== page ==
YOU know when a joke’s gone badly when you have to explain it to a sea of blank faces.
I wonder if David Cameron is having similar feelings about the Big Society.
I have heard so many commentators and politicians, the PM more than any, trying to define it that I fear the penny will never drop for some.
Surely the best ideas - like advertising slogans - are the ones that are easy to digest?
I don’t for one moment think that someone shouldn’t introduce what they think is a cracking notion just because folk might struggle to get the hang of it at first.
But it clearly presents interpretational problems, especially when the whole nation apparently needs to be swept up in it in order for it to work.
And no amount of passion from the Prime Minister is going to change that, by the looks of it.
The concept of ditching parts of the nanny state and giving more self-determination to individuals and communities I understand and even agree with to an extent.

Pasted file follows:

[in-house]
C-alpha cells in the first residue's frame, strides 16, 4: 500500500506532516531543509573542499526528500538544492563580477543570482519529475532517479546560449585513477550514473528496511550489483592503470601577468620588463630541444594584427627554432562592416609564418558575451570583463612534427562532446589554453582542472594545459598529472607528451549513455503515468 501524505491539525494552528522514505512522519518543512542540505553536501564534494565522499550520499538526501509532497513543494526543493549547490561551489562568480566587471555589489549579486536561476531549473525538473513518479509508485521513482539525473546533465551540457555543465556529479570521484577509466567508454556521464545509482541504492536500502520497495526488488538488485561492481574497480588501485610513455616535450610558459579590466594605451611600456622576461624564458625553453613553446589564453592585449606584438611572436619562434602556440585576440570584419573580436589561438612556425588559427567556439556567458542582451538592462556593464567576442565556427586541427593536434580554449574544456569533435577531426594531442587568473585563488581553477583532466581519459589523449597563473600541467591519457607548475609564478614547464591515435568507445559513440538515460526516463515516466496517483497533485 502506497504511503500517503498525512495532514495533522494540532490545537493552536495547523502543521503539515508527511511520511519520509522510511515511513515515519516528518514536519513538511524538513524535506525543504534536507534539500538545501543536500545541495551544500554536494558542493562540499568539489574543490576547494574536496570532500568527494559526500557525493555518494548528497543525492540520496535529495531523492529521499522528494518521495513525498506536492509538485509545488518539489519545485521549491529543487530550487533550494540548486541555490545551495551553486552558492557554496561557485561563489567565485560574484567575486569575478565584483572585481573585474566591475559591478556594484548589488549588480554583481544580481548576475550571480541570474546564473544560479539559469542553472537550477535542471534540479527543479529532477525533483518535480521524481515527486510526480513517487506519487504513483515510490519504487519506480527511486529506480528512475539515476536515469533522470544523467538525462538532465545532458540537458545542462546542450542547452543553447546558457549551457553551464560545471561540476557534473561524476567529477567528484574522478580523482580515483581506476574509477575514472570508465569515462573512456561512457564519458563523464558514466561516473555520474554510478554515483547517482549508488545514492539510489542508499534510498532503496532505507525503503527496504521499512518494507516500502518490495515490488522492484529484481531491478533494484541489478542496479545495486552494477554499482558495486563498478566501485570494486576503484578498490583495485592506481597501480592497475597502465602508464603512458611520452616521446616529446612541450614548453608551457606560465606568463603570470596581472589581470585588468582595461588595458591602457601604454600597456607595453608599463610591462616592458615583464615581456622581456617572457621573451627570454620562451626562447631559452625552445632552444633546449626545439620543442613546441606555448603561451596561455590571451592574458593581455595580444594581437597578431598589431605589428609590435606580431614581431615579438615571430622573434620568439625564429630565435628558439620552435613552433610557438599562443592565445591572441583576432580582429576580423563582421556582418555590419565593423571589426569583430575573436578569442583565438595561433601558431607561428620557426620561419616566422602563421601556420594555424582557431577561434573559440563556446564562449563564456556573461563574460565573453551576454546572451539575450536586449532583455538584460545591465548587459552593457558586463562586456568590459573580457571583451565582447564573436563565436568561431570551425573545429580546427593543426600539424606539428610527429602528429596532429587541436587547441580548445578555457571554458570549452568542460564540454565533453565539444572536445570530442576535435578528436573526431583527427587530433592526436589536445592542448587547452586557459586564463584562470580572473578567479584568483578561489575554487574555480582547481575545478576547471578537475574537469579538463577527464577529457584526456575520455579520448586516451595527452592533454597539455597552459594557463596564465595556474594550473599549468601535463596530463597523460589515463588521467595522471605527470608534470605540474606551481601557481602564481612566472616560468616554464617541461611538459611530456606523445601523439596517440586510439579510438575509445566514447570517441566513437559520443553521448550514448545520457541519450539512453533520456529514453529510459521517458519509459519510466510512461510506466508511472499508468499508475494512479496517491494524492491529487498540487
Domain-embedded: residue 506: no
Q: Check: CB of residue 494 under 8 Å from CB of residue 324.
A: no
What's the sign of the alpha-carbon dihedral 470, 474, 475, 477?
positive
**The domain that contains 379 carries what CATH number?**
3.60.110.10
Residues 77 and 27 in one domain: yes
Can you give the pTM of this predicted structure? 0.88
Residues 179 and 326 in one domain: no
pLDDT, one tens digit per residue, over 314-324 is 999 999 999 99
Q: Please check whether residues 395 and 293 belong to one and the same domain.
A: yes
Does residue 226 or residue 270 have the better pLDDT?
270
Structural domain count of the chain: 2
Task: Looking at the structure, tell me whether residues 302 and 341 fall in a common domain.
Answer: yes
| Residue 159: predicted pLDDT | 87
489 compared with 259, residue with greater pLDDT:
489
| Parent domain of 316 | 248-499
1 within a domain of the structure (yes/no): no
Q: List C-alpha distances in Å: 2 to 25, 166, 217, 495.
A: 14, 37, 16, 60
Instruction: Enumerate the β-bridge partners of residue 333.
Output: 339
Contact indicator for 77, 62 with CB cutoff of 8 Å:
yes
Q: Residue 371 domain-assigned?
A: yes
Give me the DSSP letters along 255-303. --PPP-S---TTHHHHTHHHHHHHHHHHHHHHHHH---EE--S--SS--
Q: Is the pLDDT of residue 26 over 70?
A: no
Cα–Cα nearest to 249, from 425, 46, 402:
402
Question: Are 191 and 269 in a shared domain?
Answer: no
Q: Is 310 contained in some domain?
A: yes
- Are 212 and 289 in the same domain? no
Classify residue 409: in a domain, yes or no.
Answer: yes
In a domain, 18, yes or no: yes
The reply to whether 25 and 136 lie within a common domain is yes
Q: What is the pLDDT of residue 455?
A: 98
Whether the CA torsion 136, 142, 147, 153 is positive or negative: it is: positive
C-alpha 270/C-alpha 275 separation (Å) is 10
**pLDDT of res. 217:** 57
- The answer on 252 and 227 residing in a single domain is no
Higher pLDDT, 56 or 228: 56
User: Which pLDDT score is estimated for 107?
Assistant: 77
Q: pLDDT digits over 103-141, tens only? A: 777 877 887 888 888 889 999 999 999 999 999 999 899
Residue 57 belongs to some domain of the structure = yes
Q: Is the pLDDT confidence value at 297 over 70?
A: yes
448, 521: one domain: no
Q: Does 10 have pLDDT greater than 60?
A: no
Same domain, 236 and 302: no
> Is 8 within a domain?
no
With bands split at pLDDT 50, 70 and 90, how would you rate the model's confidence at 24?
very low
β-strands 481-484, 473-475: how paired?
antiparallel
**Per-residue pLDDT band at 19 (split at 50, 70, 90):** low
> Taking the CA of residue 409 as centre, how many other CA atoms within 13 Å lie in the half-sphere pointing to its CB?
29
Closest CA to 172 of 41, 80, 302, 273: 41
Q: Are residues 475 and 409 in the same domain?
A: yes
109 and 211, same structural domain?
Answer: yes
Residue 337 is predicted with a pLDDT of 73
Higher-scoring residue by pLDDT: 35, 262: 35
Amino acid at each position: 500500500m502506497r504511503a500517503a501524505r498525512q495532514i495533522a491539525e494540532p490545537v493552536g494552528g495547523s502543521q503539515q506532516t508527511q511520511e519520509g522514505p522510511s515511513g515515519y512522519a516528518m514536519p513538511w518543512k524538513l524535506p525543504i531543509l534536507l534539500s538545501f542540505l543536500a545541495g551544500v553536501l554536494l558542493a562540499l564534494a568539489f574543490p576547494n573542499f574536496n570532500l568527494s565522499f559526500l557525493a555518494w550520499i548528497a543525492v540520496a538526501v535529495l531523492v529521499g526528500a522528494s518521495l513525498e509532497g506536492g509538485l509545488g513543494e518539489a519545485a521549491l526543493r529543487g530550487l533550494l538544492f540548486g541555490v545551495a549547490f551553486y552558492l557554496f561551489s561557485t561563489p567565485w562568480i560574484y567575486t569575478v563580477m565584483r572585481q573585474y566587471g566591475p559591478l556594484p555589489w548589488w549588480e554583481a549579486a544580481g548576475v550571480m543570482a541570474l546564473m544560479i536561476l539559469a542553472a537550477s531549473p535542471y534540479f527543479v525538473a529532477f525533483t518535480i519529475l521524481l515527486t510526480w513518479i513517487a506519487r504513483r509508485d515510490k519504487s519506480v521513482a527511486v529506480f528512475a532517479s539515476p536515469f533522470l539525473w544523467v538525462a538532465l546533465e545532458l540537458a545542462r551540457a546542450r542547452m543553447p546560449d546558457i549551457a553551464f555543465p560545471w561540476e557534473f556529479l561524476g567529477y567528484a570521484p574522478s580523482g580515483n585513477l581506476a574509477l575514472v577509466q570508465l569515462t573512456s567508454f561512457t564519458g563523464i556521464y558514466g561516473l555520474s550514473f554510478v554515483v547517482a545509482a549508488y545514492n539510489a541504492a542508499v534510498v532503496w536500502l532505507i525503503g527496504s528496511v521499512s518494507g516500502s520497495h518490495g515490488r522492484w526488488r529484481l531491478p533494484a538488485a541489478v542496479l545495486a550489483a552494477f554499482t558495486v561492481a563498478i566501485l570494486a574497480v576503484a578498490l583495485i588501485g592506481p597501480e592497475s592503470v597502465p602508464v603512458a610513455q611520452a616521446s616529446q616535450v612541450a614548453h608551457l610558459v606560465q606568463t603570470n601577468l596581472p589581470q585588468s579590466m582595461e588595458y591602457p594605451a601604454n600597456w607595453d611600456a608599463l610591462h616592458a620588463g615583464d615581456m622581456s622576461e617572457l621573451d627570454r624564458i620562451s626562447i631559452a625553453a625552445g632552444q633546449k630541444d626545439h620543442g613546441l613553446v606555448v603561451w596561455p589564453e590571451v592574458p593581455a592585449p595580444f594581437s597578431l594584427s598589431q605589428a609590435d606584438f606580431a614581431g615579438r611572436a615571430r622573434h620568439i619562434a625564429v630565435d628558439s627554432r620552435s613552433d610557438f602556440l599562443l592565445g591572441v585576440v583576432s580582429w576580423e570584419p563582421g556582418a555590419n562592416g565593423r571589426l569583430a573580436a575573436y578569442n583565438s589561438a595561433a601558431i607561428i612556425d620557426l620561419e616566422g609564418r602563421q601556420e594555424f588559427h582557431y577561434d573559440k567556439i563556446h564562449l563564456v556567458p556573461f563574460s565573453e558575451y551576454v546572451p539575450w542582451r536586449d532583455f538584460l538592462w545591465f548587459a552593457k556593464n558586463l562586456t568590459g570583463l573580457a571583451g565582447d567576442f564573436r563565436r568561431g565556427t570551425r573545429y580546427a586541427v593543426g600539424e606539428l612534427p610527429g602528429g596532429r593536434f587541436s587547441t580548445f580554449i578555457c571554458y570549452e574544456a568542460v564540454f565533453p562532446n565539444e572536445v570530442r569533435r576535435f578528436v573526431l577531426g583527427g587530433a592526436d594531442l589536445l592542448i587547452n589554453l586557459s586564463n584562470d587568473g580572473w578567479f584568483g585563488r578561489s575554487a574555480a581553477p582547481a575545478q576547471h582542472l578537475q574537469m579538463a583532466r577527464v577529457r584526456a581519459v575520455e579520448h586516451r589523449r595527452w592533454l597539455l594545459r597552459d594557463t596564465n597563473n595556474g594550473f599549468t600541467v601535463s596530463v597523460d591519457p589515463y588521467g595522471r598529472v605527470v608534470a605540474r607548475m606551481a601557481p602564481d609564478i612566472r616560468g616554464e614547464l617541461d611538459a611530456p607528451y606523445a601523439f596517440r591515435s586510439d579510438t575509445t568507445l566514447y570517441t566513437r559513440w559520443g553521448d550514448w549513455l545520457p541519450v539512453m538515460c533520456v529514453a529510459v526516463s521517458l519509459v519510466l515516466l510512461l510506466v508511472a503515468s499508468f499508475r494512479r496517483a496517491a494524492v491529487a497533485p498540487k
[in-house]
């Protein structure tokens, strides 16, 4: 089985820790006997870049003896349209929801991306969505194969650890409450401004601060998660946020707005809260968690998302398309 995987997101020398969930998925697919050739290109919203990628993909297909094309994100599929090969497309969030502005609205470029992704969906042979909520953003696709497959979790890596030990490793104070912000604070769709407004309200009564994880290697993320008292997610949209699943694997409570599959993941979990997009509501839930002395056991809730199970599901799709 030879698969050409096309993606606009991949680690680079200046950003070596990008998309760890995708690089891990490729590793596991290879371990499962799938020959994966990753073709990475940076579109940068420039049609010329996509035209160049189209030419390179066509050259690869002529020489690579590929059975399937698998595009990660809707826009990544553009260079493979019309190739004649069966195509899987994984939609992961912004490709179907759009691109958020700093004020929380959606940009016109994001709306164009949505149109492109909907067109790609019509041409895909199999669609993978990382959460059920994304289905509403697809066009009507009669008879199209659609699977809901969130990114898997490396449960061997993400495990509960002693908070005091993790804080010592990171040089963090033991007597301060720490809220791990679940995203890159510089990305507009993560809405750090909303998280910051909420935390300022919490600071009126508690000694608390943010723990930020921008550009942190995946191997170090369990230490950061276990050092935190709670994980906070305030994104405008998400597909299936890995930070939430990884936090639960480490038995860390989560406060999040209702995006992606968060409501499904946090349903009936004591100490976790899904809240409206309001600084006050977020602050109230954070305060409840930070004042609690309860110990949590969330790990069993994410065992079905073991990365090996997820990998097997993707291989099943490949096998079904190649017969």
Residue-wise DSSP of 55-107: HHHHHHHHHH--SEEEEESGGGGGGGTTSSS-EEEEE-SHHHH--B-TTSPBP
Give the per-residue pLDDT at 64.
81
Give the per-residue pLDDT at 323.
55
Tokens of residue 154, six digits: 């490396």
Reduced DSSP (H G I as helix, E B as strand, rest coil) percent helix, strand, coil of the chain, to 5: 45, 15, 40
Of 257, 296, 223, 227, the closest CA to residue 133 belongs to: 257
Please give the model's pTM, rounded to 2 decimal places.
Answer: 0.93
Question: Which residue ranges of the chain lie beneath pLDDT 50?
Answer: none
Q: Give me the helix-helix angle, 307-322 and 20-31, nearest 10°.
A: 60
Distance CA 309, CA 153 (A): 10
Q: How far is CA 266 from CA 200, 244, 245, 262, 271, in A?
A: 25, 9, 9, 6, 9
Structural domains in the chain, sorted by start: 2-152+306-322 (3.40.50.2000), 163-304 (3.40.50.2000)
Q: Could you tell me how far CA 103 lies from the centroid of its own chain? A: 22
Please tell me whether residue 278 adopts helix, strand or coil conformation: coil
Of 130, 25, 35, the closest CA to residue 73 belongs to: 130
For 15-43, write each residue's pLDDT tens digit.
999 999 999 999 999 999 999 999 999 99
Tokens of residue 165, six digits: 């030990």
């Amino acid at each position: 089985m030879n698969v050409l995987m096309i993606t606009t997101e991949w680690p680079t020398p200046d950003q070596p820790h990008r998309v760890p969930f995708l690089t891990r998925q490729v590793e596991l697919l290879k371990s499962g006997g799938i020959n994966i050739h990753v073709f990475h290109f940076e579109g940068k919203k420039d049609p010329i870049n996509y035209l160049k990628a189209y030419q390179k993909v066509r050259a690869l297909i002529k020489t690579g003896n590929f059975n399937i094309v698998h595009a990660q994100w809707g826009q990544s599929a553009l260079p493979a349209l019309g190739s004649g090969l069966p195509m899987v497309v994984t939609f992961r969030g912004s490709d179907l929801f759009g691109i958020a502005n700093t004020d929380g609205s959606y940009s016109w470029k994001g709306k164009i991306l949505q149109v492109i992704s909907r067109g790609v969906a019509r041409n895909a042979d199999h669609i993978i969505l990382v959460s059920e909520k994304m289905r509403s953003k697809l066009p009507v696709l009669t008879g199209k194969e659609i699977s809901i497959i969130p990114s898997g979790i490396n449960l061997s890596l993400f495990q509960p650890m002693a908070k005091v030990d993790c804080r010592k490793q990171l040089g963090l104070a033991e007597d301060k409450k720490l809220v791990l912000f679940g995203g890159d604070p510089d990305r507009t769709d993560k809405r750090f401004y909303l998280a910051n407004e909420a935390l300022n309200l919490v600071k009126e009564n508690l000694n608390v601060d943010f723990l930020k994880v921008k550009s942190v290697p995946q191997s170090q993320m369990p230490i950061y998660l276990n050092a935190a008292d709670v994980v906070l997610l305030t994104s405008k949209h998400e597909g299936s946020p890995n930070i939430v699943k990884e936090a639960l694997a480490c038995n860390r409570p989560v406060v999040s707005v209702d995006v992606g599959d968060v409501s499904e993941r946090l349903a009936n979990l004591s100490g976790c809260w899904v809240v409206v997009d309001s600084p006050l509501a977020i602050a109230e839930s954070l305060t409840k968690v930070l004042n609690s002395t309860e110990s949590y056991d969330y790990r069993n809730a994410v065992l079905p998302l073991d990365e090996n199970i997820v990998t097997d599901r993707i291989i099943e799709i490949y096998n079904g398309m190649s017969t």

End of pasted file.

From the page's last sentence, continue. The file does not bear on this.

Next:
But because this idea is so broad-brush and means different things to different people it is very difficult to unite behind.
The timing of its introduction has also been dreadful.
Mr Cameron avers that this is not a way of getting services on the cheap.
But it certainly looks that way to many, especially as it has been introduced amid all the austerity measures.
And there has also been widespread concern that the charities and volunteers expected to take on all these responsibilities are having the financial rug pulled out from them just when they need it more than ever.
With so little money around, either an increasing number of folk will have to keep communities ticking over for free or services and facilities will be lost altogether.
I’m not sure that constitutes “buying in” to the Big Society as much as being shoved into it without a paddle.